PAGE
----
By Rosalia Fodera 2/27/2016
To some, it may just be an animated movie, but to Oscar-nominated writer Meg Lefauve “Inside Out” is a whole lot more. When Inside Out director Pete Docter approached Lefauve with the plot for the movie, she knew right away it was something she wanted to be a part of.
“At this point it sounds cliche, but I really did feel in the moment that when he told me he wanted to do a movie about the importance of sadness and that is what connects people, I just thought that as such a profound idea to put out into the world,” Lefauve said about Docter’s vision. “I remember sitting at the table thinking ‘I have to somehow be a part of this movie I have to help him do this’”
“Inside Out” mainly takes place inside the brain, or ‘Headquarters’ of 11-year-old Riley. It follows her emotions as they guide her through a big move with her family. Joy (Amy Poehler) leads Headquarters with the help of Disgust (Mindy Kaling), Anger (Lewis Black), Sadness (Phyllis Smith) and Fear (Bill Hader). As Riley adjusts to the move, Sadness takes over and she learns the importance of understanding her feelings.
The movie has become a phenomenon on its own, from dolls to clothes, but it’s the message the movie sends that’s more important. When Lefauve gets feedback about the film from people she doesn’t even know, it makes her work worthwhile.
“The deepest satisfaction that I have gotten is the people that come up to me and say ‘I’m a better parent,’ ‘I understand myself better,’ ‘I’m more forgiving of myself.’ I had a woman walk up at a function and say that she works for LA County, and she works in the trauma unit and she goes in the night of the trauma, and it’s made her job so much easier because she can immediately talk to the kids and find out what’s happening inside of them,” Lefauve said on what she hears back from fans. “That is such an amazing ripple to go out into the world, that’s the best part.”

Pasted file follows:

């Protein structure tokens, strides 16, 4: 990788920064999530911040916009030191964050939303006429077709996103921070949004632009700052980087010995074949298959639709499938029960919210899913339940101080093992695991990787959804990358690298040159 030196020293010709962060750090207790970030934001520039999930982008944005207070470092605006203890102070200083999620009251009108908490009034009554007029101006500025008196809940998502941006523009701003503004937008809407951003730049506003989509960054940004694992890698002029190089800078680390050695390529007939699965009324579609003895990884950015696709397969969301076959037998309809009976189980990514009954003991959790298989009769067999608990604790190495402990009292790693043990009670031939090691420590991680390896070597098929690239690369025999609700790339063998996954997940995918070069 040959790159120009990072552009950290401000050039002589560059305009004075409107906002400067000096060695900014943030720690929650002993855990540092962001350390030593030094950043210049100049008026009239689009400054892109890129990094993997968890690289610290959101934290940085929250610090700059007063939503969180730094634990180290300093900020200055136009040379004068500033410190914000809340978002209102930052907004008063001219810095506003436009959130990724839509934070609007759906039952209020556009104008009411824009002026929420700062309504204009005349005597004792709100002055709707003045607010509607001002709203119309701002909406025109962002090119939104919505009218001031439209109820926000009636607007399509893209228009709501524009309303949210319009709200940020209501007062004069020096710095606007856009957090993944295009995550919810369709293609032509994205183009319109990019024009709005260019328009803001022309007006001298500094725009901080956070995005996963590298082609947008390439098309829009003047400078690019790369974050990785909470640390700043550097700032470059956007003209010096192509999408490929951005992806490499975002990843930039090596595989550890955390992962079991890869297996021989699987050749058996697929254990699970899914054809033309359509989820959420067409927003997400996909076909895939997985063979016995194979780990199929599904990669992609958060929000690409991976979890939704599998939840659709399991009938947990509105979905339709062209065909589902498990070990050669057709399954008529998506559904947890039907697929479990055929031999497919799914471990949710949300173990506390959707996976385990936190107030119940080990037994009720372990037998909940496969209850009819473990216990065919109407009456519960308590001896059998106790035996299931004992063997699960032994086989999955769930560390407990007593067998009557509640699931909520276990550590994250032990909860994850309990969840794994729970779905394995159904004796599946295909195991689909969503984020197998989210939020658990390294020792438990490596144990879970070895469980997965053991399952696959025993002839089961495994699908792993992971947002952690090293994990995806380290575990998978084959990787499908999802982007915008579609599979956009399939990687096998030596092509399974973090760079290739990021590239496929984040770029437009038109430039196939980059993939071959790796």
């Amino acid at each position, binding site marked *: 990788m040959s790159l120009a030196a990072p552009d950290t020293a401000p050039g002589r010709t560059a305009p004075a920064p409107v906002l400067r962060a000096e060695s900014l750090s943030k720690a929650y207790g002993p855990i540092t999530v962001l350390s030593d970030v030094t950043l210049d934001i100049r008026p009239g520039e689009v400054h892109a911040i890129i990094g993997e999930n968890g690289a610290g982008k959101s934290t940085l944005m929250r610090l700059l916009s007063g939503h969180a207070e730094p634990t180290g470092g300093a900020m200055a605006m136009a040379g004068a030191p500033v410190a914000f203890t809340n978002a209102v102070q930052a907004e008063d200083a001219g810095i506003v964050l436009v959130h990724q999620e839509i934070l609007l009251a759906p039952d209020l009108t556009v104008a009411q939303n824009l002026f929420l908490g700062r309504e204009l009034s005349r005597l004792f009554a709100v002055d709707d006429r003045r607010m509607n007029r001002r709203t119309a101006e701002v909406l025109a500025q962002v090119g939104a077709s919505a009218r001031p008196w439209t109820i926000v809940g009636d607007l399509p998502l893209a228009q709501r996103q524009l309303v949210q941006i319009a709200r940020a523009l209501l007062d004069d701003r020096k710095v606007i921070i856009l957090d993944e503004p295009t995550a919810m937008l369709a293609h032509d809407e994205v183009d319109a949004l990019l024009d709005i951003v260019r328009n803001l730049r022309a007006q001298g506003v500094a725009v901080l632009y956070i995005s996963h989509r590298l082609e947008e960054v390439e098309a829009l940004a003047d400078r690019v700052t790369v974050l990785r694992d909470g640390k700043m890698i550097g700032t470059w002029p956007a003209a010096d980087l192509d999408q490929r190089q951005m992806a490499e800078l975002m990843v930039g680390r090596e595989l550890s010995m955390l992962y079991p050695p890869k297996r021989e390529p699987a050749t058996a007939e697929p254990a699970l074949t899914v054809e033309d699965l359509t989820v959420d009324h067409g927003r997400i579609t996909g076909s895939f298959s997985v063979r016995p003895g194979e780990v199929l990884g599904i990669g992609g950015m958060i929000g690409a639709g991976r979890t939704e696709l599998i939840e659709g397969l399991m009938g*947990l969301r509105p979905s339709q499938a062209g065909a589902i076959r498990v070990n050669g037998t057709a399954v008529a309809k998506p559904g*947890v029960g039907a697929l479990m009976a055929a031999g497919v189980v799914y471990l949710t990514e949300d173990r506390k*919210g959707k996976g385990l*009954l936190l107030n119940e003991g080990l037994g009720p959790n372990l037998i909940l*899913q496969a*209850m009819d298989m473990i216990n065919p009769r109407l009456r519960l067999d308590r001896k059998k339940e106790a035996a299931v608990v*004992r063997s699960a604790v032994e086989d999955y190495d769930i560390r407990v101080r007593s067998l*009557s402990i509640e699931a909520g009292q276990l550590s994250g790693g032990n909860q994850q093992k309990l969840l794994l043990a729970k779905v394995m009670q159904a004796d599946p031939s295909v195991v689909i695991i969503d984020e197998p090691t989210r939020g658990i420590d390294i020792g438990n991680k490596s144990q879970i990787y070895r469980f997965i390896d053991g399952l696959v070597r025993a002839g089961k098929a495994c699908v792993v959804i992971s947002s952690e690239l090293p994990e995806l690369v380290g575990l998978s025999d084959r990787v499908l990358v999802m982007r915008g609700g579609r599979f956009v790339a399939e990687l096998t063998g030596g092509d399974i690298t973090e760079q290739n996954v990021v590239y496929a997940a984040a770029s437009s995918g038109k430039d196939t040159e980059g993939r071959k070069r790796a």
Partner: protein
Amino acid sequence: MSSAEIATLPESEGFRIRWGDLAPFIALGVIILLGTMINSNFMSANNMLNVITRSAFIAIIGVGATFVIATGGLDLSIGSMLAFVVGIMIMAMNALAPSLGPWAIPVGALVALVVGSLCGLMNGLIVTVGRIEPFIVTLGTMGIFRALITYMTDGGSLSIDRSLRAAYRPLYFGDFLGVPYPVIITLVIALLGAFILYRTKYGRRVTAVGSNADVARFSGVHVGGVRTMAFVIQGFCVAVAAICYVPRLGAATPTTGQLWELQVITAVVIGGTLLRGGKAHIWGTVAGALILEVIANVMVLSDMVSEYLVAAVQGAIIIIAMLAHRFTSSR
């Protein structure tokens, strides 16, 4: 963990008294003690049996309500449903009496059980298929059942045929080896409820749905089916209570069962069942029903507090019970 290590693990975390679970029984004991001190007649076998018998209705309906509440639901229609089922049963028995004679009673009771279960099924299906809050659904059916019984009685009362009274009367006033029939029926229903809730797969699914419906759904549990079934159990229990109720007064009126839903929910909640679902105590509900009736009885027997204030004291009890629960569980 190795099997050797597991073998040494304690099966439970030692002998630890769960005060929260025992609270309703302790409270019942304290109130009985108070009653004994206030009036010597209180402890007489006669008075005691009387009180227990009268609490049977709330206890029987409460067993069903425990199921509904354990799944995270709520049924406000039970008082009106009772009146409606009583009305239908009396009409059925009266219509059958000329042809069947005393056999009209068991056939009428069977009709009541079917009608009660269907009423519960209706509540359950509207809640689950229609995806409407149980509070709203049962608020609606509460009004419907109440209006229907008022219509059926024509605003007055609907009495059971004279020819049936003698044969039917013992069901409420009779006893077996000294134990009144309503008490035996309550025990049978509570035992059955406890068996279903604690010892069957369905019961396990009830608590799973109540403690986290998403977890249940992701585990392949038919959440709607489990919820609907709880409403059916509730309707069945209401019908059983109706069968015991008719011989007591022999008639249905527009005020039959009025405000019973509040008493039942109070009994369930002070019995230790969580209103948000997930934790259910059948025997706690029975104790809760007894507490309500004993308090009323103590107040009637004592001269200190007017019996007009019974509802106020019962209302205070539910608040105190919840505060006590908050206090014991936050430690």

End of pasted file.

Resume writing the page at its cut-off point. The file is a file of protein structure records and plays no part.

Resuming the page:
It hasn’t only touched strangers. Lefauve sees the movie’s message working in her own life, with her own children.
“My other son is a special needs kid and it’s given us a way to talk about what’s going on inside of him. Just like everybody else I’m using it to parent myself better too,” Lefauve said.
It seems tricky to write three separate storylines in one film, especially inside a young girl’s mind and dealing with all her emotions, but the team of three, Josh Cooley, Docter and Lefauve did it with a whole lot of teamwork.
“So the three of us, Josh and I would kind of trade back and forth. You know there’s three different story lines going…there’s Riley outside, and then there’s headquarters and then there’s down in the mind. So we would kind of divide it that way. Josh would headquarters for a spin and then I would take the mind and we would flip back and forth. Then of course Pete is coming back and forth to do his past,” Lefouve on writing with three people.
Because it’s Pixar the imagination and creativity are allowed to take over. When something they write doesn’t end up looking good after it’s animated, they just go back to the storyboard and find a better idea.
“What you think works on the page when it’s drawn you’re like ‘oh no it doesn’t work,’ or ‘oh you made that so much better.’…We had different stakes in the movie. Like right now the stakes are the personality island is crumbling and those cores memories, but we had different versions of what could be at stake. At one point it was darkness had taken over the mind, but once we saw it up on the boards, we thought ‘oh that doesn’t work.’”
Lefauve had fun writing it, but it was hearing the actors voice the lines she wrote that made it come to life.
“Listening to Amy Poelher say your lines, I don’t know, that’s pretty awesome,” Lefauve said.
If they win the first people Lefauve said she would thank are her husband and family, after she knocked on wood. “Inside Out” is also up for Best Animated Feature Film.